Kragthorpe: Wichita State hoping to do what Butler did
Wichita State's remarkable run in the NCAA Tournament is about to end.
Of course, I've been saying that ever since the No. 9-seeded Shockers arrived in Salt Lake City. Two weeks after advancing from EnergySolutions Arena, Wichita State will meet Louisville on Saturday in the national semifinals at the Georgia Dome in Atlanta.
With the tie-in of having come through Salt Lake City on their way to the Final Four, the Shockers naturally evoke comparisons to the 2010 Butler team that barely lost to Duke in the championship game. They have many of the same qualities as those Bulldogs, but the circumstances are much different.
When it comes to competing in the Final Four, Wichita State is more like George Mason in 2006 than Butler in 2010.
Michigan State was a No. 5 seed, like Butler, when those teams met in the semifinals and the Spartans had lost their starting point guard to an injury earlier in the tournament. In the Shockers' case, they're facing a No. 1 seed that has rolled through the tournament, responding to guard Kevin Ware's horrific injury by blowing out Duke in the second half of an Elite Eight game.
George Mason's run to the Final Four resembled Wichita State's unlikely trek, but the Patriots were overwhelmed by eventual champion Florida in the '06 semifinals, losing 73-58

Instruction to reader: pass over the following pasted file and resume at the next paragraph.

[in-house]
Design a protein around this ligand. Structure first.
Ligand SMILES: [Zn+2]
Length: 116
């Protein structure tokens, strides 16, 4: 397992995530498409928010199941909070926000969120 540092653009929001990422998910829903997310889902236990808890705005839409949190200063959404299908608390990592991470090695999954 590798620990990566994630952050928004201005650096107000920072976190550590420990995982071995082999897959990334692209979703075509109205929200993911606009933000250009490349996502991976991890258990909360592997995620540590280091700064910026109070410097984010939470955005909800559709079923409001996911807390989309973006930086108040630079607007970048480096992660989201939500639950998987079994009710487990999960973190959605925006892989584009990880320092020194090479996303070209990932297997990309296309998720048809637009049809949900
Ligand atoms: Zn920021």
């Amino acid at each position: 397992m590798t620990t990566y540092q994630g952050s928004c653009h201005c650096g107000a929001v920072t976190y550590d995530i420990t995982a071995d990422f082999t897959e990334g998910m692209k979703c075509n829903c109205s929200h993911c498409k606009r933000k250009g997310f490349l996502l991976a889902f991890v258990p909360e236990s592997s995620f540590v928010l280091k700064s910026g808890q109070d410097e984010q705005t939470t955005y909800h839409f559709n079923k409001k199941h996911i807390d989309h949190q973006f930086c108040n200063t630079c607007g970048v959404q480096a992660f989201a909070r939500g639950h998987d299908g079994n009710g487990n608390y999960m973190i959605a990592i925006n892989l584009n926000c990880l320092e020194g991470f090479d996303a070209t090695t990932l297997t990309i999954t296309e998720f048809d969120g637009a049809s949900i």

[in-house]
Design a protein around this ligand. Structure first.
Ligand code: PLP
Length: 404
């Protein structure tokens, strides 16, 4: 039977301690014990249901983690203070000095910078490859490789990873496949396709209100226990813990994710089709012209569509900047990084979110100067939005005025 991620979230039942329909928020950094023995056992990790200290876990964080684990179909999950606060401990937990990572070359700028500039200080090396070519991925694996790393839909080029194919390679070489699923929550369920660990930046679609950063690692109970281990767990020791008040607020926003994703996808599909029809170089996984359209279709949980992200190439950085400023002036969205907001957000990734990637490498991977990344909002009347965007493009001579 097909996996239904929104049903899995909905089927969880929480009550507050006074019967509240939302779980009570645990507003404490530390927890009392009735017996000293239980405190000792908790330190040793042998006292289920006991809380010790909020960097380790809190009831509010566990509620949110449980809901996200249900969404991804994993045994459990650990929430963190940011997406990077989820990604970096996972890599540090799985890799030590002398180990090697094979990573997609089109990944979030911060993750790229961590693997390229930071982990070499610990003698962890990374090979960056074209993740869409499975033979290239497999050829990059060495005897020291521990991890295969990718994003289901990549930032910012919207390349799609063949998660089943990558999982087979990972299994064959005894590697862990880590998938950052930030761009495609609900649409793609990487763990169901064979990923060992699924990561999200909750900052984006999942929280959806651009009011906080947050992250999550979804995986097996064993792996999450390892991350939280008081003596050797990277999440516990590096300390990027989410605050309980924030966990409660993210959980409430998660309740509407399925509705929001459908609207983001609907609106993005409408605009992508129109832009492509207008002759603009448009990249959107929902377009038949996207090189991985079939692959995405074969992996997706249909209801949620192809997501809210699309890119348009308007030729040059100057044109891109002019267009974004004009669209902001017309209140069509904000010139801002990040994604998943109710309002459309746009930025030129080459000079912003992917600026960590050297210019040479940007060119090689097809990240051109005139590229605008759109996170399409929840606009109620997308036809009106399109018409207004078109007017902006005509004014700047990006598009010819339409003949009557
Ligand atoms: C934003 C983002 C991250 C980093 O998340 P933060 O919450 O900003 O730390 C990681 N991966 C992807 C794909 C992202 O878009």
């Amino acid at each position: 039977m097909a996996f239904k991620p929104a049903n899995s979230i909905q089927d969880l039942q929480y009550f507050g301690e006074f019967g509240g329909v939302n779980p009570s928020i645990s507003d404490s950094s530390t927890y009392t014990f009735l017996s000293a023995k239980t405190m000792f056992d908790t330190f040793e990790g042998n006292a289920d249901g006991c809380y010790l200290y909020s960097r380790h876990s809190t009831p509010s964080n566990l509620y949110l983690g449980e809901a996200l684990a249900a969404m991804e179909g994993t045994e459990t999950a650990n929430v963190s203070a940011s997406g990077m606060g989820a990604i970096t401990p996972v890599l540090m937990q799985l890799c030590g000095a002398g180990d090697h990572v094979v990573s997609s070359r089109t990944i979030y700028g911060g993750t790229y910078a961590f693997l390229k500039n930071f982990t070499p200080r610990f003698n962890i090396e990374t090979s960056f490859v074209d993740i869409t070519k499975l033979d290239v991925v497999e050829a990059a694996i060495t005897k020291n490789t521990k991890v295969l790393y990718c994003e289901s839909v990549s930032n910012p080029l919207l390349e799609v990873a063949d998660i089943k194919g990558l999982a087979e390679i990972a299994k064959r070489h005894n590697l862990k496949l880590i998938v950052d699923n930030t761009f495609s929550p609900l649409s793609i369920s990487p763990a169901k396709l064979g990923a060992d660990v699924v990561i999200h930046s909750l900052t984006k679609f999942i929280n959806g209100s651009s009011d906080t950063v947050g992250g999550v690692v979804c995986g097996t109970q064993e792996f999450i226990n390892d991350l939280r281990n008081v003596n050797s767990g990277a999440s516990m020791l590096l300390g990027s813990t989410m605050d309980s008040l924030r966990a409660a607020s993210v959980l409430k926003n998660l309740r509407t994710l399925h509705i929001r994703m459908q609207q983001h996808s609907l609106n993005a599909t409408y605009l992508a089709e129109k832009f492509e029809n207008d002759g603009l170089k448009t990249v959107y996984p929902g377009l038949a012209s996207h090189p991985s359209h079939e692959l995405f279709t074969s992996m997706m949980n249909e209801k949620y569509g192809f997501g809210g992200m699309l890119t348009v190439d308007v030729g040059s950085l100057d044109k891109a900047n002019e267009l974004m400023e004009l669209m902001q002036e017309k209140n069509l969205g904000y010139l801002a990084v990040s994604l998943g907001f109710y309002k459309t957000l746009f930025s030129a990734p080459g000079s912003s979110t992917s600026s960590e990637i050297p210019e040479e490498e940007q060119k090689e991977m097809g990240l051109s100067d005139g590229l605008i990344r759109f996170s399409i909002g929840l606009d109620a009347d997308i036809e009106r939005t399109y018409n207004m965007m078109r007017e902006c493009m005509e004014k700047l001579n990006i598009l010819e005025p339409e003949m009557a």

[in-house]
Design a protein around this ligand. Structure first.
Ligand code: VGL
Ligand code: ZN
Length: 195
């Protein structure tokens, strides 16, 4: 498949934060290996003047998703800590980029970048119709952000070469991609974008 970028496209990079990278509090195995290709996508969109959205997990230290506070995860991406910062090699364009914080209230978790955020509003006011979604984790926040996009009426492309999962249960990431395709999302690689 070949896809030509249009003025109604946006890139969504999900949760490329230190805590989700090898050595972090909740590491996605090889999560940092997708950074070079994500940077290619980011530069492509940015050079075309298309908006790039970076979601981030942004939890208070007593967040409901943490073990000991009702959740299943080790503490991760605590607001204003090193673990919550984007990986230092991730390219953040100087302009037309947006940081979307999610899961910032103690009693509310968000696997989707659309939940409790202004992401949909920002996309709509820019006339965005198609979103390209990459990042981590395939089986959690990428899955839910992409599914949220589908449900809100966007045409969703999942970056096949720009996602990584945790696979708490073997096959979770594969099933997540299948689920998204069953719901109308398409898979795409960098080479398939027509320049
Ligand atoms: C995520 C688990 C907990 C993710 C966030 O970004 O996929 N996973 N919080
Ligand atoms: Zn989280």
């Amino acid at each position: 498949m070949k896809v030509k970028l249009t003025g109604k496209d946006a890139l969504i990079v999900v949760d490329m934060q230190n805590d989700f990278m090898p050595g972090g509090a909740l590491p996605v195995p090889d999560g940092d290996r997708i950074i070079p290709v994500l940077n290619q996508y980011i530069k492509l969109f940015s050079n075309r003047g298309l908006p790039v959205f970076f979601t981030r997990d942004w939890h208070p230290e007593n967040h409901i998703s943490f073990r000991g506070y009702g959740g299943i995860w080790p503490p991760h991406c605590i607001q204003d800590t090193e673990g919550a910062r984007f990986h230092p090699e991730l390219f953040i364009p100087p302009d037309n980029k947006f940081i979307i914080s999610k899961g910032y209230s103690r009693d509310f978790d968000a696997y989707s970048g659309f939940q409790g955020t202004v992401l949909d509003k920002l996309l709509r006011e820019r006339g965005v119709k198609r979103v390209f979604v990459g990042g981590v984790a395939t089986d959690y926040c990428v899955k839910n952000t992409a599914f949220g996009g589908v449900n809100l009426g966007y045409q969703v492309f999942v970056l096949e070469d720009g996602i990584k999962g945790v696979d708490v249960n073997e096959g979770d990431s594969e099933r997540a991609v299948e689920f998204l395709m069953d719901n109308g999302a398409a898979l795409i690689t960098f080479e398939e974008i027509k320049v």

Something like that probably will happen to the Shockers, although their hallmarks of defense and rebounding may allow them to be competitive against Louisville. Wichita State is a 10.5-point underdog the biggest spread of any Final Four game since 1999, according to Pregame.com. The odds give WSU only a 7 percent chance of winning the title.
Then again, the Shockers have been favored only once during this tournament, when they met No. 13 seed La Salle in the West Region's Sweet 16.
WSU blasted Pittsburgh and upset No. 1 seed Gonzaga at ESA, then beat La Salle and No. 2 seed Ohio State at Los Angeles to reach the Final Four. The Shockers emphasize defense and rebounding. There's nothing fancy about them, but they've played their way to this point with tremendous poise and relentless effort.
Anyone who watched them play in Salt Lake City found them easy to like, and it would be a phenomenal story if they duplicated Butler's run to Monday's title game against Syracuse or Michigan.
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